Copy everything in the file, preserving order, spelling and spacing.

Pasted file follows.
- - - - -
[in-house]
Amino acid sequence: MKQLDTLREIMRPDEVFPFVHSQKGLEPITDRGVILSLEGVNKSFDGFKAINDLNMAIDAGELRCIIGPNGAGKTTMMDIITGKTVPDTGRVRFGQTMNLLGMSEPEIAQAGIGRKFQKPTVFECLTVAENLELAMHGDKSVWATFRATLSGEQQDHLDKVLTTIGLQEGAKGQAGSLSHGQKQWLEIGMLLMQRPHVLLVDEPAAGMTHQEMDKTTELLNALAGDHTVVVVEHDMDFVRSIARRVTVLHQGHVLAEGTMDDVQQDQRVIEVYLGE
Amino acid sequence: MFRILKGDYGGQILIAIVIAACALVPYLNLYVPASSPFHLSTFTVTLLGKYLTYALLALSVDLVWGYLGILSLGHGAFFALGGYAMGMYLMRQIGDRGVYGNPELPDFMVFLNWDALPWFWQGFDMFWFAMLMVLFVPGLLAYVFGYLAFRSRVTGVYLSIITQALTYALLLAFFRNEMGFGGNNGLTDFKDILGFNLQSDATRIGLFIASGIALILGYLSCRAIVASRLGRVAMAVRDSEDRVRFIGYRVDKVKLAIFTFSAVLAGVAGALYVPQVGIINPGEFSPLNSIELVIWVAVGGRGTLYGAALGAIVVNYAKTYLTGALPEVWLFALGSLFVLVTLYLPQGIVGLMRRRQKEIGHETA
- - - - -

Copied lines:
[in-house]
Amino acid sequence: MKQLDTLREIMRPDEVFPFVHSQKGLEPITDRGVILSLEGVNKSFDGFKAINDLNMAIDAGELRCIIGPNGAGKTTMMDIITGKTVPDTGRVRFGQTMNLLGMSEPEIAQAGIGRKFQKPTVFECLTVAENLELAMHGDKSVWATFRATLSGEQQDHLDKVLTTIGLQEGAKGQAGSLSHGQKQWLEIGMLLMQRPHVLLVDEPAAGMTHQEMDKTTELLNALAGDHTVVVVEHDMDFVRSIARRVTVLHQGHVLAEGTMDDVQQDQRVIEVYLGE
Amino acid sequence: MFRILKGDYGGQILIAIVIAACALVPYLNLYVPASSPFHLSTFTVTLLGKYLTYALLALSVDLVWGYLGILSLGHGAFFALGGYAMGMYLMRQIGDRGVYGNPELPDFMVFLNWDALPWFWQGFDMFWFAMLMVLFVPGLLAYVFGYLAFRSRVTGVYLSIITQALTYALLLAFFRNEMGFGGNNGLTDFKDILGFNLQSDATRIGLFIASGIALILGYLSCRAIVASRLGRVAMAVRDSEDRVRFIGYRVDKVKLAIFTFSAVLAGVAGALYVPQVGIINPGEFSPLNSIELVIWVAVGGRGTLYGAALGAIVVNYAKTYLTGALPEVWLFALGSLFVLVTLYLPQGIVGLMRRRQKEIGHETA